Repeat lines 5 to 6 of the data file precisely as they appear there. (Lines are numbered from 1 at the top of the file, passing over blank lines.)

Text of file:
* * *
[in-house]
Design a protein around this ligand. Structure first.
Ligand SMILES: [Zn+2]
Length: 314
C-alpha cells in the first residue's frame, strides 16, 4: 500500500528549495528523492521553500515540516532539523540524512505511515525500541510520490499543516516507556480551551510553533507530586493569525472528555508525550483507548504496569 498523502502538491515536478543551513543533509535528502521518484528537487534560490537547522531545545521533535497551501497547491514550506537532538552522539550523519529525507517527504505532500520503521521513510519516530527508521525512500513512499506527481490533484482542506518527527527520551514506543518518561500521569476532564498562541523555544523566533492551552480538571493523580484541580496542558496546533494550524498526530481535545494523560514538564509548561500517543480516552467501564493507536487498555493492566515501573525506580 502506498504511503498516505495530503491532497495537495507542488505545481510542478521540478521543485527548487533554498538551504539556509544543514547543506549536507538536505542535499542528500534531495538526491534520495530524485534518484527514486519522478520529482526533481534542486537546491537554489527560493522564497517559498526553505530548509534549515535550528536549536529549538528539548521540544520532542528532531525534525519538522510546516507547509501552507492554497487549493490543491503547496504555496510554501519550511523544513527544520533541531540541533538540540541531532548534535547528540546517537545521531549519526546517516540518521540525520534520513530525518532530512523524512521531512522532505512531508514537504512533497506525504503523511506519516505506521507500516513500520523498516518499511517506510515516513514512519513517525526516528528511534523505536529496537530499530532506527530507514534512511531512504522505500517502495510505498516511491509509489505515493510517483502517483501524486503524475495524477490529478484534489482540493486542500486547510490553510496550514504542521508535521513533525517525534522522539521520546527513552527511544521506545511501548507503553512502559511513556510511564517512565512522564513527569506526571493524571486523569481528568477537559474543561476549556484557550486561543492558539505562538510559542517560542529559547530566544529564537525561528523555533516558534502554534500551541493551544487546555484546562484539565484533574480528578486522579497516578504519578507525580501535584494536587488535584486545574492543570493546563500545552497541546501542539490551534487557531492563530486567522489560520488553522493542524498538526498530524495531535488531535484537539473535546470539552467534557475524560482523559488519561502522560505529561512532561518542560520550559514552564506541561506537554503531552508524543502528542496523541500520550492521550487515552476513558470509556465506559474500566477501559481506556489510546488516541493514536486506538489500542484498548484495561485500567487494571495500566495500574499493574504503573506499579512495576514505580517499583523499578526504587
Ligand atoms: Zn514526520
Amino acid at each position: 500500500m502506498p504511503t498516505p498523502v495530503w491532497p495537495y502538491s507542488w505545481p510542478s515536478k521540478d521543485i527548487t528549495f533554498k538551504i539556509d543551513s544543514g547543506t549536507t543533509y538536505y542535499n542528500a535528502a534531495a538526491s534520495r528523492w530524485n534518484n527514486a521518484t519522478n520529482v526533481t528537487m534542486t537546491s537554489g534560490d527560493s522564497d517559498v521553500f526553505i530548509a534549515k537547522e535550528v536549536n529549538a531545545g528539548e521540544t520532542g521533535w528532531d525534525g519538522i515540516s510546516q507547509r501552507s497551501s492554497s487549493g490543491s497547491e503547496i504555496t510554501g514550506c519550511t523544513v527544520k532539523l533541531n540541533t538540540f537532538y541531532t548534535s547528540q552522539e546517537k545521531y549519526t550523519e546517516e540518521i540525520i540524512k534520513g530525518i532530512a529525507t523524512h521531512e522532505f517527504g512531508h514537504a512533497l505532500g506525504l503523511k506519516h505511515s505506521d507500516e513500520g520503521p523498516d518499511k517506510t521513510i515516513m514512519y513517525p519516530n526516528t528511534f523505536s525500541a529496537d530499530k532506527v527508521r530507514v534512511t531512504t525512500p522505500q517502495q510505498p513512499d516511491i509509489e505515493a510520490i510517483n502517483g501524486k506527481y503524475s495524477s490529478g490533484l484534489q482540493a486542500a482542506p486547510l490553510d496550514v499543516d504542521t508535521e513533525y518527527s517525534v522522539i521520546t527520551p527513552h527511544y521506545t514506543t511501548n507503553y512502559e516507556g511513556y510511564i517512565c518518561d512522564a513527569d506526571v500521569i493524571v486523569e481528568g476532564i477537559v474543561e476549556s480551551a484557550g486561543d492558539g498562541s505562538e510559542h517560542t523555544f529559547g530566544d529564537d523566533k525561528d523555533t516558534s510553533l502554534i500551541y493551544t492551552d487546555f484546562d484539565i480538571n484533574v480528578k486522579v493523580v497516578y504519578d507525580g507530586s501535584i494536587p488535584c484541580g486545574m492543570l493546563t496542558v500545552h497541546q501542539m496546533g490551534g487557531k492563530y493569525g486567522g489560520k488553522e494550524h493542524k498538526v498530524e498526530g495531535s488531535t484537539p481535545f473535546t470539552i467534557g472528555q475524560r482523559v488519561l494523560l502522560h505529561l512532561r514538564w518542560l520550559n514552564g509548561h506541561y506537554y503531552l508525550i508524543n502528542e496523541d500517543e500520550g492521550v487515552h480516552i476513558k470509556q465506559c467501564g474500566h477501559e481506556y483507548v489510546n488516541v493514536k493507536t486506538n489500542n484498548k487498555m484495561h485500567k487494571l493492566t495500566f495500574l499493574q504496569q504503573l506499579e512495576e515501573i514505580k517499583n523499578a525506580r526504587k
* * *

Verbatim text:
C-alpha cells in the first residue's frame, strides 16, 4: 500500500528549495528523492521553500515540516532539523540524512505511515525500541510520490499543516516507556480551551510553533507530586493569525472528555508525550483507548504496569 498523502502538491515536478543551513543533509535528502521518484528537487534560490537547522531545545521533535497551501497547491514550506537532538552522539550523519529525507517527504505532500520503521521513510519516530527508521525512500513512499506527481490533484482542506518527527527520551514506543518518561500521569476532564498562541523555544523566533492551552480538571493523580484541580496542558496546533494550524498526530481535545494523560514538564509548561500517543480516552467501564493507536487498555493492566515501573525506580 502506498504511503498516505495530503491532497495537495507542488505545481510542478521540478521543485527548487533554498538551504539556509544543514547543506549536507538536505542535499542528500534531495538526491534520495530524485534518484527514486519522478520529482526533481534542486537546491537554489527560493522564497517559498526553505530548509534549515535550528536549536529549538528539548521540544520532542528532531525534525519538522510546516507547509501552507492554497487549493490543491503547496504555496510554501519550511523544513527544520533541531540541533538540540541531532548534535547528540546517537545521531549519526546517516540518521540525520534520513530525518532530512523524512521531512522532505512531508514537504512533497506525504503523511506519516505506521507500516513500520523498516518499511517506510515516513514512519513517525526516528528511534523505536529496537530499530532506527530507514534512511531512504522505500517502495510505498516511491509509489505515493510517483502517483501524486503524475495524477490529478484534489482540493486542500486547510490553510496550514504542521508535521513533525517525534522522539521520546527513552527511544521506545511501548507503553512502559511513556510511564517512565512522564513527569506526571493524571486523569481528568477537559474543561476549556484557550486561543492558539505562538510559542517560542529559547530566544529564537525561528523555533516558534502554534500551541493551544487546555484546562484539565484533574480528578486522579497516578504519578507525580501535584494536587488535584486545574492543570493546563500545552497541546501542539490551534487557531492563530486567522489560520488553522493542524498538526498530524495531535488531535484537539473535546470539552467534557475524560482523559488519561502522560505529561512532561518542560520550559514552564506541561506537554503531552508524543502528542496523541500520550492521550487515552476513558470509556465506559474500566477501559481506556489510546488516541493514536486506538489500542484498548484495561485500567487494571495500566495500574499493574504503573506499579512495576514505580517499583523499578526504587
Ligand atoms: Zn514526520